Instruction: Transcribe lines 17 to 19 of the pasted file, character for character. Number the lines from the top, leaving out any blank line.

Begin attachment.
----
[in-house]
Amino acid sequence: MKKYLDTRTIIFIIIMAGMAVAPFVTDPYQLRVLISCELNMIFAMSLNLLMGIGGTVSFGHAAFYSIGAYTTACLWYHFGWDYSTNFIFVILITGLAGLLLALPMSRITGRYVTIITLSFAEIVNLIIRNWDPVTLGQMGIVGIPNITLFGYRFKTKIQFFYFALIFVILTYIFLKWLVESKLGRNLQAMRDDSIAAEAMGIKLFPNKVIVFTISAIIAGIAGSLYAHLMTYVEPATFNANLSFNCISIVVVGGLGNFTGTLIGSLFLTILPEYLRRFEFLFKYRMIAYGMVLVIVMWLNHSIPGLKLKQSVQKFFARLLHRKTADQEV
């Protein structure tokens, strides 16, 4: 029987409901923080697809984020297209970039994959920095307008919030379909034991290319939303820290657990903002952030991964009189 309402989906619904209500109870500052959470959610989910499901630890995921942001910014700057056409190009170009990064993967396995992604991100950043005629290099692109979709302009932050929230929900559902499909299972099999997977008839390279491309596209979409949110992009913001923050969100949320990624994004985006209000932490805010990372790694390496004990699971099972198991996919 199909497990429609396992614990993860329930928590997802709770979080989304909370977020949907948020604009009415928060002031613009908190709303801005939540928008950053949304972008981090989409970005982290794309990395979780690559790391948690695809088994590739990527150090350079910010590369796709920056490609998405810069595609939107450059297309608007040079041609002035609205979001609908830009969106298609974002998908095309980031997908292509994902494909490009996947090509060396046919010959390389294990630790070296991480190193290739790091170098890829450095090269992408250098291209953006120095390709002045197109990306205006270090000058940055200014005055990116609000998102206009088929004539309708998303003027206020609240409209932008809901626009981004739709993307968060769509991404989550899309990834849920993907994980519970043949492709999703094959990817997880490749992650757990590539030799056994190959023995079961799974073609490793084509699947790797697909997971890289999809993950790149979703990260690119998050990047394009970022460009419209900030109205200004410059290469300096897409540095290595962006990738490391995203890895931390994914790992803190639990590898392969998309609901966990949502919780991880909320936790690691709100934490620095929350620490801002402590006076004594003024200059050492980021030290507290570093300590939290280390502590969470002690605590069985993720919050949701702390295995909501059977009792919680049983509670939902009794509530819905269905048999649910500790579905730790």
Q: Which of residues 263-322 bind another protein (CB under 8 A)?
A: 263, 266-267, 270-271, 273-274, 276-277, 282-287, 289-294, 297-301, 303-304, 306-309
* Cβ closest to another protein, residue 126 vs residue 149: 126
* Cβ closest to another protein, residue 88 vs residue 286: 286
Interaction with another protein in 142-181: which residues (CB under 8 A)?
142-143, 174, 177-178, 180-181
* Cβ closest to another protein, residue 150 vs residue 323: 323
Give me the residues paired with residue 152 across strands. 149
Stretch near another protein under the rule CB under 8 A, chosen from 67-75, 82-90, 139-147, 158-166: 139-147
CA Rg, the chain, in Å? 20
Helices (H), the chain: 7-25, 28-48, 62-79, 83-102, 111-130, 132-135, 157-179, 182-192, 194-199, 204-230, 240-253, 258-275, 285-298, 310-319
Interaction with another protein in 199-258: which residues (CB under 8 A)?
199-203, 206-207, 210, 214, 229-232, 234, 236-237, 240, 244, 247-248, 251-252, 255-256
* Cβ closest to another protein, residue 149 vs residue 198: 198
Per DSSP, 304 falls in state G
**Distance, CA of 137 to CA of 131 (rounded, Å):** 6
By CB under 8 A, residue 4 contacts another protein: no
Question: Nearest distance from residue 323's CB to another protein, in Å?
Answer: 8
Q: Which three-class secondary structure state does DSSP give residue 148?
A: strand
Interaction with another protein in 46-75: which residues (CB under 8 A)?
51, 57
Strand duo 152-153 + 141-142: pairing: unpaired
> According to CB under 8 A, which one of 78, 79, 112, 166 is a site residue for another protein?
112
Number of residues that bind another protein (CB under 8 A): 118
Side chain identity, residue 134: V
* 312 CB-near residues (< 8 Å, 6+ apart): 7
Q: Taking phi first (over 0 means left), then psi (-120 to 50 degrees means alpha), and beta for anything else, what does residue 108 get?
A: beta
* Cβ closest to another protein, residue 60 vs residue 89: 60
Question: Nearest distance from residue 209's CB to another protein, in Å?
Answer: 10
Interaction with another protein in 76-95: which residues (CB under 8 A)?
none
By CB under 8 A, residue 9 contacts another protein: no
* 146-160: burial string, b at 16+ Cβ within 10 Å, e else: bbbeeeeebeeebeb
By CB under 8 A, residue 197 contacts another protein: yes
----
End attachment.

* Cβ closest to another protein, residue 149 vs residue 198: 198
Per DSSP, 304 falls in state G
**Distance, CA of 137 to CA of 131 (rounded, Å):** 6